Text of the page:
09/25/2005 11:00PM

Under scrutiny, Mitchell still wins


ARCADIA, Calif. - At last year's Oak Tree meeting at Santa Anita, trainer Mike Mitchell earned both his fourth Oak Tree training title, and the scrutiny and whispers that come with winning races at a 43 percent strike rate. Those whispers might have turned to a scream this summer at Del Mar, when Mitchell had his runners subject to 24-hour surveillance after one of his horses tested for a high level of total carbon dioxide (TCO2), euphemistically referred to as a "milkshake," at Hollywood Park.

Yet while under surveillance, Mitchell kept rolling right along. He finished Del Mar tied for sixth in the standings with 12 victories, and a healthy 23 percent strike rate. He also won the Del Mar Handicap with Leprechaun Kid, whom he had claimed for $80,000 out of his previous start.

"If we would have won as many races as we did, and not won that stake, it wouldn't have meant as much," Mitchell said.

Leprechaun Kid followed a similar story arc to Star Over the Bay, last year's Del Mar Handicap winner. Both are gray, front-running former claimers who subsequently won the Del Mar Handicap for Mitchell and jockey Tyler Baze. But this past May, Star Over the Bay suffered a fatal injury in a race in Singapore. The victory by Leprechaun Kid brought forth a wellspring of emotion.

"It hurts to talk about him," Mitchell said of Star Over the Bay. "If we could have brought him home and retired him, I would have felt great."

Mitchell heads into the fall seeking his fifth Oak Tree title. In addition to last year, he also led the Oak Tree standings in 1983 and 1996, and tied for the top spot in 1995. Since 1979, he has finished in the top five 11 times.

This past summer was bittersweet, Mitchell said. While gratified with his win total, Mitchell said he believes that had he faltered during the month of August, while under surveillance, he would have been pilloried. By contrast, he believes his success during Del Mar should be instructive.

"I was under surveillance and I had one of my best seasons," he said. "I drop horses and run them where they can win. A lot of people who don't win races hold onto their horses. We run them where they can win. That's why we're successful. A lot of trainers might choose to hold onto a horse and protect them."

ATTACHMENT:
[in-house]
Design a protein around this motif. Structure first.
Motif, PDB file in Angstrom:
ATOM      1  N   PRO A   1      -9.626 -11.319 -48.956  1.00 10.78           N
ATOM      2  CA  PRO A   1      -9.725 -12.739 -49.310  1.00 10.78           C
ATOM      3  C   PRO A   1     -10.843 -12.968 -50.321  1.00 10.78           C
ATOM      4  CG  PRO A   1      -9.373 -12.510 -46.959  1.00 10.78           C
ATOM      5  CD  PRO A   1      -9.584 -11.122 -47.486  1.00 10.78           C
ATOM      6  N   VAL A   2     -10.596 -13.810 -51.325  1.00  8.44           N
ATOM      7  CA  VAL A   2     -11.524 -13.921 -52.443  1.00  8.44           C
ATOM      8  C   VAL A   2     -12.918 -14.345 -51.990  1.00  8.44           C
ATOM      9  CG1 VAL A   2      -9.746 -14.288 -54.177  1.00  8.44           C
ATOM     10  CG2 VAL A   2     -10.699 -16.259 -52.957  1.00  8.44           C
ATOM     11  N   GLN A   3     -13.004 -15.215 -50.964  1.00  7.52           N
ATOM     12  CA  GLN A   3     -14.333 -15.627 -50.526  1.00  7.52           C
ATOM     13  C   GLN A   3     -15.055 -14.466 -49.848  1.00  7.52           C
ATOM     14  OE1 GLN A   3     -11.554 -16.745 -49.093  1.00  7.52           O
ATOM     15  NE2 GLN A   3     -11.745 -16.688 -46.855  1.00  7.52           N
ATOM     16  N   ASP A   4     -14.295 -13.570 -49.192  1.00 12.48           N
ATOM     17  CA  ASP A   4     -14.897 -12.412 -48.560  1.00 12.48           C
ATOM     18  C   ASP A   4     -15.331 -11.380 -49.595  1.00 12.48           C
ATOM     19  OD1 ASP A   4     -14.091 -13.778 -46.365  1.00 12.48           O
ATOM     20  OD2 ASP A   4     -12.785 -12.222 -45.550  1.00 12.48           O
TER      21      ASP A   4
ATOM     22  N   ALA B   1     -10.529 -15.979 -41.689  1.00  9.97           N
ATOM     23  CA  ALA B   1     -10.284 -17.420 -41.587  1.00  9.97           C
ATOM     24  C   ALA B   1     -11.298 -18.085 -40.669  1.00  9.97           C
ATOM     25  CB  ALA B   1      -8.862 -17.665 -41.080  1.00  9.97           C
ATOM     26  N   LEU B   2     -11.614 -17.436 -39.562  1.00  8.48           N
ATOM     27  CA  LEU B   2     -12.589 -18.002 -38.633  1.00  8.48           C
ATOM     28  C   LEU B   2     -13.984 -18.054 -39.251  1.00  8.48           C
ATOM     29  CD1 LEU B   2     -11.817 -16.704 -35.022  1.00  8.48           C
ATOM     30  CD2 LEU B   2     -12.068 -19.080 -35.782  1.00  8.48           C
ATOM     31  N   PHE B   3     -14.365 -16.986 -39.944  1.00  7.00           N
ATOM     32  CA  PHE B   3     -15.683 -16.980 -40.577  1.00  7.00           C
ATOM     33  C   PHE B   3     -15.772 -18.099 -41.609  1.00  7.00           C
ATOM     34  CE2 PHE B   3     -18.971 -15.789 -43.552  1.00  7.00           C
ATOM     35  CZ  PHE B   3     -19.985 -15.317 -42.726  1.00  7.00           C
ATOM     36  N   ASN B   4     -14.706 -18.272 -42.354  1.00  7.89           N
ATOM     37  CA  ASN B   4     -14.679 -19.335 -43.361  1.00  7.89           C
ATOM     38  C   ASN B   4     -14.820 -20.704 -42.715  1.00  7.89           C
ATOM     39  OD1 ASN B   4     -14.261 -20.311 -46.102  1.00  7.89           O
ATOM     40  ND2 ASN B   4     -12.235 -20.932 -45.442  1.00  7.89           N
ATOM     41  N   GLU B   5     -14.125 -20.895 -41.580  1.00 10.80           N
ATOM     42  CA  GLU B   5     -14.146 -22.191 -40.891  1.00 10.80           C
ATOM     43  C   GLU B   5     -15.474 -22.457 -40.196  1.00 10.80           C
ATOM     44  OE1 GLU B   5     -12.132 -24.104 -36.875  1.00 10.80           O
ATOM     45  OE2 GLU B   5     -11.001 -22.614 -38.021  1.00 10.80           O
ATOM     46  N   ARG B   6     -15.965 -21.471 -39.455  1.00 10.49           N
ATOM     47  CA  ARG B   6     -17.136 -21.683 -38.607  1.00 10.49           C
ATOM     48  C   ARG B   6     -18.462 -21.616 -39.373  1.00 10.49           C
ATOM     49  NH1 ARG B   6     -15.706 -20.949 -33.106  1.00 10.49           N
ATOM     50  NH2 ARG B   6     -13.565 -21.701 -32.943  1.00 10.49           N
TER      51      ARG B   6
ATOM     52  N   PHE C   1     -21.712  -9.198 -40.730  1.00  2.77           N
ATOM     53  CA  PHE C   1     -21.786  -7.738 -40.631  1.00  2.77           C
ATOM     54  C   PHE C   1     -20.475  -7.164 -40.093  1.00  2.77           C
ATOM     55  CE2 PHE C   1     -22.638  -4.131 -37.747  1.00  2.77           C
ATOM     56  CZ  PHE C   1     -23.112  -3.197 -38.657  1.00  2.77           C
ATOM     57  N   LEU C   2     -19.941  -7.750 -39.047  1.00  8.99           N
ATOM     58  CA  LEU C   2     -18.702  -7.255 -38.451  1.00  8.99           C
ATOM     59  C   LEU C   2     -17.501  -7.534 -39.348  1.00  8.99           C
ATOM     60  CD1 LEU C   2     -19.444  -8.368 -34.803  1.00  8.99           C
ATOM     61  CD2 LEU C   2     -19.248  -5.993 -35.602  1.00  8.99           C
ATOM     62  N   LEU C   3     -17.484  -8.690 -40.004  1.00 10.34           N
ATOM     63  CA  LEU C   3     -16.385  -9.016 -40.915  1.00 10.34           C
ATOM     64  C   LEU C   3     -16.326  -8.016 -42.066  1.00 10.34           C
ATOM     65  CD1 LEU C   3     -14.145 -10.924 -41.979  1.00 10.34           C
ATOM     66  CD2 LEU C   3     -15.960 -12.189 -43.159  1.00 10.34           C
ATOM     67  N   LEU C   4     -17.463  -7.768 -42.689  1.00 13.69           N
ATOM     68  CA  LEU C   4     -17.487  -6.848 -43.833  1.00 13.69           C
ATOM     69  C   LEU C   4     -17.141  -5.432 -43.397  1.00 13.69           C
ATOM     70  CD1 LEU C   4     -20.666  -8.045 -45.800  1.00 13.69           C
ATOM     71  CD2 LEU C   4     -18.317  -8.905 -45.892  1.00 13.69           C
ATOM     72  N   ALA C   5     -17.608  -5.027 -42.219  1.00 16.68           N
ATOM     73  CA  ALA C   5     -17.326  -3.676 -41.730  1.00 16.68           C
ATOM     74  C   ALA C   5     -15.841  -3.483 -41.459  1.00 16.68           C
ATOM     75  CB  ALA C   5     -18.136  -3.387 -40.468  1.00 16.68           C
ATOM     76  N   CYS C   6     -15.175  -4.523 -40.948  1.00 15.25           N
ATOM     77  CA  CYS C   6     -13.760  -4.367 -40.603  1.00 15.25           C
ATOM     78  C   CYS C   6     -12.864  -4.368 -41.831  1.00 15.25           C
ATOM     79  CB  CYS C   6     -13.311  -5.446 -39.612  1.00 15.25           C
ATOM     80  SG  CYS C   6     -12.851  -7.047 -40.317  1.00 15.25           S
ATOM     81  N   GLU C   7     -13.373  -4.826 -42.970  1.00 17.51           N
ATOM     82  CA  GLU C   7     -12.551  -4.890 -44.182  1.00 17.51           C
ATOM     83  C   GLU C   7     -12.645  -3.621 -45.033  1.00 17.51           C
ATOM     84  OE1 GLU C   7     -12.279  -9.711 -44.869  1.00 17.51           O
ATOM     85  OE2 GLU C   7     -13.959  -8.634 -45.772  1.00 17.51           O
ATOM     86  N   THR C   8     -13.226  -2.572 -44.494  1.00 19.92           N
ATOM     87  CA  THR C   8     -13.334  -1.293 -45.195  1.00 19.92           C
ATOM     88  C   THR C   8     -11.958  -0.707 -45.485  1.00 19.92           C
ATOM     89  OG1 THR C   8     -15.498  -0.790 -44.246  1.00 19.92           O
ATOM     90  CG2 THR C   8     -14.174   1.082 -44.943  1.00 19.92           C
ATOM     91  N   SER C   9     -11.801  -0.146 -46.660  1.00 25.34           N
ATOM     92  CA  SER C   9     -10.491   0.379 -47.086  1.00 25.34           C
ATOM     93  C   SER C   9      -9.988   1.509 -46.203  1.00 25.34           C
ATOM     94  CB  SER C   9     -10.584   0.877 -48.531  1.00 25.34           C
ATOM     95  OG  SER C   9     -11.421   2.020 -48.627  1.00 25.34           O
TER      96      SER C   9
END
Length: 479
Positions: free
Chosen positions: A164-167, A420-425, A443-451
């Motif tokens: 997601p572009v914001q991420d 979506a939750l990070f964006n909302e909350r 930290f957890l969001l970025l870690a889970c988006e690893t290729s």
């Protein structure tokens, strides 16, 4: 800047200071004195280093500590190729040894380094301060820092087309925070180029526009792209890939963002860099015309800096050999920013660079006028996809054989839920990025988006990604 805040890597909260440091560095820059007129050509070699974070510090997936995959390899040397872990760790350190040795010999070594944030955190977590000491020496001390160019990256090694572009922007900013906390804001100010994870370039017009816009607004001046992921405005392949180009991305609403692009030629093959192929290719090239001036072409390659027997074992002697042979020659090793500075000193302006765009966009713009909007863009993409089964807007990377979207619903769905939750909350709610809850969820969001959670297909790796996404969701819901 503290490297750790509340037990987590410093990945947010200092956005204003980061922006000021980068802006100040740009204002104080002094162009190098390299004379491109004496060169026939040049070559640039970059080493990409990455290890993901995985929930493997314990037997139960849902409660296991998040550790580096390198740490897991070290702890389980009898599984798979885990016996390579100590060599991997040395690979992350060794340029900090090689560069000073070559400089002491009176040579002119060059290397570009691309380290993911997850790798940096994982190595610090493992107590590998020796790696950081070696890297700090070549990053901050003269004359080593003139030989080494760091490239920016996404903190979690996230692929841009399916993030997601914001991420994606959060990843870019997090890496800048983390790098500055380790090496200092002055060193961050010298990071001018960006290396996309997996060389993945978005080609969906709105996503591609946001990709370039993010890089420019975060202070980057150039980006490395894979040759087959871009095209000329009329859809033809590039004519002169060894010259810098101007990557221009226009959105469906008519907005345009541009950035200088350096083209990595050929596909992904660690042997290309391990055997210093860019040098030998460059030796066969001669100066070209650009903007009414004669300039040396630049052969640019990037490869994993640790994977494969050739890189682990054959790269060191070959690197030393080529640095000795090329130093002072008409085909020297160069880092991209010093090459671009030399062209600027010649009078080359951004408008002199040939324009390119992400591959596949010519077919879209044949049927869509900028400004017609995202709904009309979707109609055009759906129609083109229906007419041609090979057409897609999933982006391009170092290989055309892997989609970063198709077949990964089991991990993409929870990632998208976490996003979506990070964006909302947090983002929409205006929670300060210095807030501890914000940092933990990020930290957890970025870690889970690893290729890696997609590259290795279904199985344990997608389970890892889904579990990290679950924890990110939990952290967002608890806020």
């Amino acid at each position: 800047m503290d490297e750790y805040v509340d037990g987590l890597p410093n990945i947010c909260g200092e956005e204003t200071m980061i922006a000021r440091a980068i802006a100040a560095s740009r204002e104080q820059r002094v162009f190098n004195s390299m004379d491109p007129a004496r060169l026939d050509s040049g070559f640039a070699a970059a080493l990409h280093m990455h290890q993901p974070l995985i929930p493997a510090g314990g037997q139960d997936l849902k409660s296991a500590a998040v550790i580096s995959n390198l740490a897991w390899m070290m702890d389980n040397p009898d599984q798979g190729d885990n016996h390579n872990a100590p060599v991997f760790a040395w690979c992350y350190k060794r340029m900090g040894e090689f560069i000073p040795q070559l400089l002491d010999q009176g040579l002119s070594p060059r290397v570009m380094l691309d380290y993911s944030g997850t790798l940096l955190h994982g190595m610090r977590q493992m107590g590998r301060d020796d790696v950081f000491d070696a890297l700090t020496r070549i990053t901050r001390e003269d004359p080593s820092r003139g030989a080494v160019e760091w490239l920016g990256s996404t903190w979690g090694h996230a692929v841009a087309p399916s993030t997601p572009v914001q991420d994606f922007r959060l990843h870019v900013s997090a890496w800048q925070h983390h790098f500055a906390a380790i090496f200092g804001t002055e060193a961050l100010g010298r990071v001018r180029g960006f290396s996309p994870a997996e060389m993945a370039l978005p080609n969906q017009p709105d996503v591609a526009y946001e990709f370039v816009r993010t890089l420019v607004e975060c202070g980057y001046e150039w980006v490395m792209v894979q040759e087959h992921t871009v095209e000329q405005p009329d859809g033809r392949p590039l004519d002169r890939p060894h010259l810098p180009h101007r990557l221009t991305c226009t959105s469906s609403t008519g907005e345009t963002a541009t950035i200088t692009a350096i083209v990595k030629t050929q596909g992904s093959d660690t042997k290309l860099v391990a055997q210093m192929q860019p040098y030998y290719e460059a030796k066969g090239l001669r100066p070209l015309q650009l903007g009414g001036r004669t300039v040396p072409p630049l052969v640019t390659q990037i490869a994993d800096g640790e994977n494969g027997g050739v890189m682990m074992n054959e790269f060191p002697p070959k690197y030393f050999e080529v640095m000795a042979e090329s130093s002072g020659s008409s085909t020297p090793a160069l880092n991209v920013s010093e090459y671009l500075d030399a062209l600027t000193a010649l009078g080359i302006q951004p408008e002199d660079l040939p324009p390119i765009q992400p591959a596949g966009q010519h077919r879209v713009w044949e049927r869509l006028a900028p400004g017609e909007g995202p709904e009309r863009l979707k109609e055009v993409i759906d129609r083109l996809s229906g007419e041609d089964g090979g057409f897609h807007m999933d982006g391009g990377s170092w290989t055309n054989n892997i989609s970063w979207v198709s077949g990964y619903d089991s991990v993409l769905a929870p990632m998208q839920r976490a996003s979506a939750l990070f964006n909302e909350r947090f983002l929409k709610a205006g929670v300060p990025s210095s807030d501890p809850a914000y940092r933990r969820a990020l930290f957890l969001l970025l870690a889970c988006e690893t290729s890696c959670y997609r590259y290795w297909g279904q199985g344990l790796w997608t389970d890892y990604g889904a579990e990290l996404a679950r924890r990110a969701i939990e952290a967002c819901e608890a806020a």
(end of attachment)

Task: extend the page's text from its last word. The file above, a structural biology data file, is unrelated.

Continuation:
Mitchell argues that the most likely reason trainers who are under surveillance see their horses lose form is because they usually must relocate to a detention barn.

"When they have to go to a detention barn the night before, they don't sleep good, they don't eat good. They run their race before they get to the race," Mitchell said in a recent interview. "When these horses stayed in my barn, with surveillance, they did well, which proves that the reason they run bad is because they go to a detention barn, not because you're under surveillance."

Don't look for the policy to change anytime soon. Logistics at Del Mar prevented horses from going to a detention barn, but at tracks where stabling is not so finite, a detention barn will be used, according to Ingrid Fermin, the executive director of the California Horse Racing Board, which as of Oak Tree has taken over TCO2 testing from the racetracks.

"The most successful situation, looking back - and I can only go by what the associations [racetracks] told me, since they were doing the testing for TCO2 - is that going to a detention barn is the most consistent," Fermin said. "I'm just speaking from a gut feeling."

"If Ingrid wants to sleep in one of my stalls, she can do it," Mitchell said. "You kind of feel like a criminal the way things are happening. It kind of feels like harassment. You're being singled out because you're winning. They do all these things and the testing, and at the end of the meet Jeff Mullins is still at 30 percent, I'm winning, Doug O'Neill. It's business as usual. Maybe it's because we know how to win races. The hundreds of thousands of dollars they've spent poking needles in horses' veins, and what's changed?

"Look at all the money they are putting into it," Mitchell said of testing and surveillance. "I commend that they stopped the tubing of horses before they go over, but now they're overdoing it. In Florida, they randomly test all the horses in one race. That's enough to make everyone follow the guidelines. Here, they're testing every horse. It's a waste of money.

"And every time you stick a needle in a horse, it's dangerous. They get tested at 8 a.m. or 9 a.m. Then they get a Lasix shot five hours out. Then they're tested in the receiving barn. And if you win, they get another needle stuck in them. Four times into their neck. They can get an infection. It just doesn't seem like they care about the well-being of a horse. They're caught up in this whole milkshake idea."

Fermin said she believes the racing board needs to continue to be aggressive to assure both bettors and horsemen that there is a level playing field.

"At Del Mar, Cole Norman came up with a high TCO2," Fermin said. "The race his horse was in, all runners had their blood taken 24 hours out, and then again at the receiving barn the day of the race. There was a jump of many millimoles. We knew what the natural reading of that horse was at rest, and this was apparently considerably different. I think it is best to be more visible and active."